Intimate partner violence (IPV) among college students is an ongoing, serious social problem in South Korea (Korea). Despite its high prevalence, little attention has been paid to this issue. This study fills a gap in the existing literature by collecting data from six universities in Korea to examine factors associated with IPV and with survivors’ help-seeking behaviors. Independent variables included IPV consequences, childhood victimization (CV), depression, and alcohol consumption; the two dependent variables were IPV victimization and help-seeking. Descriptive and logistic regression analyses were conducted. IPV was found to occur in every student group in college. Students suffering the psychological consequences of IPV sought help less often than those who did not, and CV increased the risk of IPV. Implications for research and practice are discussed.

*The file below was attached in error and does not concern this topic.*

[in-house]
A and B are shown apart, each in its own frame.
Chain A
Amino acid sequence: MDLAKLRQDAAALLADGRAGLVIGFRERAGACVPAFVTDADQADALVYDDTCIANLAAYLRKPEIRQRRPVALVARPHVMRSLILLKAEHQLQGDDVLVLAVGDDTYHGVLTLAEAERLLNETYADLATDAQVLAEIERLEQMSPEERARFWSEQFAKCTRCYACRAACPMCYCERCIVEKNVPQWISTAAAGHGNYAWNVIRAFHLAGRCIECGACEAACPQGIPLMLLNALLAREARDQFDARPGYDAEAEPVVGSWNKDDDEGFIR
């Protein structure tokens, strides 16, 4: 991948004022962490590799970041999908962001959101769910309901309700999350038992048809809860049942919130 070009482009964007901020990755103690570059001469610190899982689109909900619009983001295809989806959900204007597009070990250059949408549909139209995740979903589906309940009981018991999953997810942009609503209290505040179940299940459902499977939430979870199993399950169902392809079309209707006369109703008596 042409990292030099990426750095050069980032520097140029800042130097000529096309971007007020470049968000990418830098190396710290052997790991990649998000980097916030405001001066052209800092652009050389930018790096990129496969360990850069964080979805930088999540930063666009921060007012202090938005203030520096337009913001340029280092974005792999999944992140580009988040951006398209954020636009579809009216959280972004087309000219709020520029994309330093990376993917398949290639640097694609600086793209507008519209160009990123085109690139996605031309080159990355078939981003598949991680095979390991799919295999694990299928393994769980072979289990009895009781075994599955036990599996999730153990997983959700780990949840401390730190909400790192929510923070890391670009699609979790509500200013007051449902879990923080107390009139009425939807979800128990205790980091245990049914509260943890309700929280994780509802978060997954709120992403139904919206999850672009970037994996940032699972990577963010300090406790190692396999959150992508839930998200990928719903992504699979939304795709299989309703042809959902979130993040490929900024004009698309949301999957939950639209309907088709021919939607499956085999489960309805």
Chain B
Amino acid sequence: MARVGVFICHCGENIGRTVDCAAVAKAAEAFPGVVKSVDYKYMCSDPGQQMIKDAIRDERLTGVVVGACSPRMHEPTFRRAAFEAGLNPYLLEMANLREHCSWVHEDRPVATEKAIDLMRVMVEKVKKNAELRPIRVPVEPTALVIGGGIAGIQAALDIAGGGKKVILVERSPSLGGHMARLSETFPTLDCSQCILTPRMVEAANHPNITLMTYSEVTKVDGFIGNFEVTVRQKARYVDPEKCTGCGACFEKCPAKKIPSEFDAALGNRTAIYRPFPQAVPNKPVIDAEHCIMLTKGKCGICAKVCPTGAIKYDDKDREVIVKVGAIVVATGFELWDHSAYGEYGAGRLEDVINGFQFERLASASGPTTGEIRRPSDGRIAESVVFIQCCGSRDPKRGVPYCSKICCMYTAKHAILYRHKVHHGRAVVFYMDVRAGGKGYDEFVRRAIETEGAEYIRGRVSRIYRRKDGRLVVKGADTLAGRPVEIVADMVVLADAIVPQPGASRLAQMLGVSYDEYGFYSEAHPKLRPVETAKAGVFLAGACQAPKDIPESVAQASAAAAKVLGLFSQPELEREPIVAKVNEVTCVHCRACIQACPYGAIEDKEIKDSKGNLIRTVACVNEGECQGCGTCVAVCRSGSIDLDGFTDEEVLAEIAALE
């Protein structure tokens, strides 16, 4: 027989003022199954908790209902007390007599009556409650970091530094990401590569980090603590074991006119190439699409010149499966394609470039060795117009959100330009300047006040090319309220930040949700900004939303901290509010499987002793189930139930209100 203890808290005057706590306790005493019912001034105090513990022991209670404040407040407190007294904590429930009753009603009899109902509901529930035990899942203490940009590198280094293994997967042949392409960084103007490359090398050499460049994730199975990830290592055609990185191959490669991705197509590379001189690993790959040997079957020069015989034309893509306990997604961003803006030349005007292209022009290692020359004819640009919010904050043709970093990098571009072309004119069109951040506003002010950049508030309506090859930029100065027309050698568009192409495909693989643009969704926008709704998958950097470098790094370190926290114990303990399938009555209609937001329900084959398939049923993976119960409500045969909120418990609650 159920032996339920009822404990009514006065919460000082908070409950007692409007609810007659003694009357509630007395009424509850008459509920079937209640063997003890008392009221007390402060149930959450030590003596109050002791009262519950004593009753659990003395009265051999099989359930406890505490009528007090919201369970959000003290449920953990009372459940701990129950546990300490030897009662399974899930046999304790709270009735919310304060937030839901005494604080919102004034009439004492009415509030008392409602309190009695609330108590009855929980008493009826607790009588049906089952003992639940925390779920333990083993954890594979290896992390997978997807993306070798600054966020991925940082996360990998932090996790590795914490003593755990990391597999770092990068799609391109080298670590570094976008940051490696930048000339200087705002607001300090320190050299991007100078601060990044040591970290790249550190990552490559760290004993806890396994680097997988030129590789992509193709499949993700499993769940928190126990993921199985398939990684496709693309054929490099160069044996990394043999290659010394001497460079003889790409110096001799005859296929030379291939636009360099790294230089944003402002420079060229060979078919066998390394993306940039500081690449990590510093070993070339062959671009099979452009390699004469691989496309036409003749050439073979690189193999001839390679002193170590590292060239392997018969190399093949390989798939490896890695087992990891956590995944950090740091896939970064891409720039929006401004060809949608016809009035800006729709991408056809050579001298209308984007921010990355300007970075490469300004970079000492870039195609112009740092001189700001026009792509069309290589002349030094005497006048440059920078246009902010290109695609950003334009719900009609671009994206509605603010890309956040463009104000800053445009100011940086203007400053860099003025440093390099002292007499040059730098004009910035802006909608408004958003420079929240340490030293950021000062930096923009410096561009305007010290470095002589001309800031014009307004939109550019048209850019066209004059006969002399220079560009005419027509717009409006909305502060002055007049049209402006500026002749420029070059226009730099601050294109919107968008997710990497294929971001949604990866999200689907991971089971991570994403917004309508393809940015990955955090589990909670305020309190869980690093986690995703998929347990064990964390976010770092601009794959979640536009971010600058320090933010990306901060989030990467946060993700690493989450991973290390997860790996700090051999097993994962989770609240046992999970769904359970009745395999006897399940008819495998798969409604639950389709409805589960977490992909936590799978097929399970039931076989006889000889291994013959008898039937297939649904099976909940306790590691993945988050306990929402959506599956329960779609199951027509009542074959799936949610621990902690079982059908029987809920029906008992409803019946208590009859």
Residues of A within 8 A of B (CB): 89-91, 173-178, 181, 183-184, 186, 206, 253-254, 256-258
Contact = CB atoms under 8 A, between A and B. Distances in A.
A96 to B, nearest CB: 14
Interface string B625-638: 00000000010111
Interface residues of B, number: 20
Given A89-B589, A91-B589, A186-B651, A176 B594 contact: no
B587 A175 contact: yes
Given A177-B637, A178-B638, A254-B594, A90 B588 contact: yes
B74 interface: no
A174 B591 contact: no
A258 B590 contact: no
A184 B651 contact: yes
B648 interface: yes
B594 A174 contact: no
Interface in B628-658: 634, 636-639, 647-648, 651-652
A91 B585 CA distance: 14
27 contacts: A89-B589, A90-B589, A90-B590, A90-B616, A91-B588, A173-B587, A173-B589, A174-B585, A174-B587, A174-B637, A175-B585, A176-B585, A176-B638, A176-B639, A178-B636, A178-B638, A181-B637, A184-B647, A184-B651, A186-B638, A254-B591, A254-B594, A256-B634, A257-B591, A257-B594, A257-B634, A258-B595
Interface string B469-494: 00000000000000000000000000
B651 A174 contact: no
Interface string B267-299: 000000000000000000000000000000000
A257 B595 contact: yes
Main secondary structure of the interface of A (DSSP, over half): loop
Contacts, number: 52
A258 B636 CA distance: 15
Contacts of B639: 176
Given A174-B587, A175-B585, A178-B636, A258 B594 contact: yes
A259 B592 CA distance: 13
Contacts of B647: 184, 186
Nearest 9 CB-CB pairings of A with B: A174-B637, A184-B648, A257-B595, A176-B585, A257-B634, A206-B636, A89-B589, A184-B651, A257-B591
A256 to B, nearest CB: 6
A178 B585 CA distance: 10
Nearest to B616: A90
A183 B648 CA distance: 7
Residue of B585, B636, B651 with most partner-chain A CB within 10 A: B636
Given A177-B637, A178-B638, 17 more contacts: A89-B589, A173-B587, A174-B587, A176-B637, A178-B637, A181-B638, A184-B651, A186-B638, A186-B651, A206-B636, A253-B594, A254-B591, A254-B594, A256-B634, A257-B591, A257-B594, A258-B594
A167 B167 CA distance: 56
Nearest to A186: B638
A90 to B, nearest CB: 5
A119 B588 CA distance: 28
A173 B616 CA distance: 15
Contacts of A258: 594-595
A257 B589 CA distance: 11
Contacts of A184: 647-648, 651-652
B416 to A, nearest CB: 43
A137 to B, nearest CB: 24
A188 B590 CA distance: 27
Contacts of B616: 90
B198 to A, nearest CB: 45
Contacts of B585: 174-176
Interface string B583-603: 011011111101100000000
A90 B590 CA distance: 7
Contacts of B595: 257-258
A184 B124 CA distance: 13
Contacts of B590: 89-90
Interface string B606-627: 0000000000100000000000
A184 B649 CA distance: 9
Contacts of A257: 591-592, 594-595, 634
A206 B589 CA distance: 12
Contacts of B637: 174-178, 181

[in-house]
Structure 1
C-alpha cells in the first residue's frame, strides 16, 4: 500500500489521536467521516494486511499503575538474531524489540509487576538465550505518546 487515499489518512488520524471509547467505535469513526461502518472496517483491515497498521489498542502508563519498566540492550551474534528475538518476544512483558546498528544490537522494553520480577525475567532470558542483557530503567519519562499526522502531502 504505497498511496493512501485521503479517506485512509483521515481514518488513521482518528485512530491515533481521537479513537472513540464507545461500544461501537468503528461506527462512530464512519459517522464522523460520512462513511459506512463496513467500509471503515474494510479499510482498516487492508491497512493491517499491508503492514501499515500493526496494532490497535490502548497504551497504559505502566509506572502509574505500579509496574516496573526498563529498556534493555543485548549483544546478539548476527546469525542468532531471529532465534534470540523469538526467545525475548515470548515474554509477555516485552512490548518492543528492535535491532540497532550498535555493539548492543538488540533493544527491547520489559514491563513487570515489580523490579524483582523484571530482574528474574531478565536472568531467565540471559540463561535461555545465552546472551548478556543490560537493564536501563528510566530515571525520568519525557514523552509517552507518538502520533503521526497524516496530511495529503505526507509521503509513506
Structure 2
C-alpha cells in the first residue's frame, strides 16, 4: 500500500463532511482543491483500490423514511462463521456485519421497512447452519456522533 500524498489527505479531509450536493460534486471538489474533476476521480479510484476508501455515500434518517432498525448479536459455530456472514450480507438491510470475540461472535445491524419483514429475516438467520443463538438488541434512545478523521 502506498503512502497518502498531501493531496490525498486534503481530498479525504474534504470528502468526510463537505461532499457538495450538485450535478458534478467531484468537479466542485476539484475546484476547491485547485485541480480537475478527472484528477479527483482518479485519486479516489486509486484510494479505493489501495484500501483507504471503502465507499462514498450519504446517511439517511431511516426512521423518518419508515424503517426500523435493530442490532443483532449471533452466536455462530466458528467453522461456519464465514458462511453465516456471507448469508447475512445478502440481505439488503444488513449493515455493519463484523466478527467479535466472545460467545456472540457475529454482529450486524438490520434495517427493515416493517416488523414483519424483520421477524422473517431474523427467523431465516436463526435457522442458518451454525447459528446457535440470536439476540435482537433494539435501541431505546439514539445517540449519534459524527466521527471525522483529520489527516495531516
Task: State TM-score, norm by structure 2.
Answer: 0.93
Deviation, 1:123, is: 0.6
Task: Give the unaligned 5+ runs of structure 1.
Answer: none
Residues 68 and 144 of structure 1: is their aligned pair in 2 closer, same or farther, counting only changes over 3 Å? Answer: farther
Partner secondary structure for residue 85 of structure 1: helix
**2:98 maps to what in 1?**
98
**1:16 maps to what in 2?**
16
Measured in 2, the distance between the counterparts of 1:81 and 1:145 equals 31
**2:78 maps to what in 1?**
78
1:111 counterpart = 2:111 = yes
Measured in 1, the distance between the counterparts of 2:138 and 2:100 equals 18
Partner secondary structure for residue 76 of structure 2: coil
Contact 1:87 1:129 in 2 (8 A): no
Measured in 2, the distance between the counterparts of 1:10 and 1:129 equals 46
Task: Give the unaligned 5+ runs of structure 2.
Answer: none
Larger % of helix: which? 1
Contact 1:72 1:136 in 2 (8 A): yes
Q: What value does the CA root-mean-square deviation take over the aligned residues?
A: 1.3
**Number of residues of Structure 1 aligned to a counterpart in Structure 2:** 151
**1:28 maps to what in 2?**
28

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© 2019, © 2019 Taylor & Francis.
- childhood victimization
- college students
- domestic violence
- Intimate partner violence
- mental health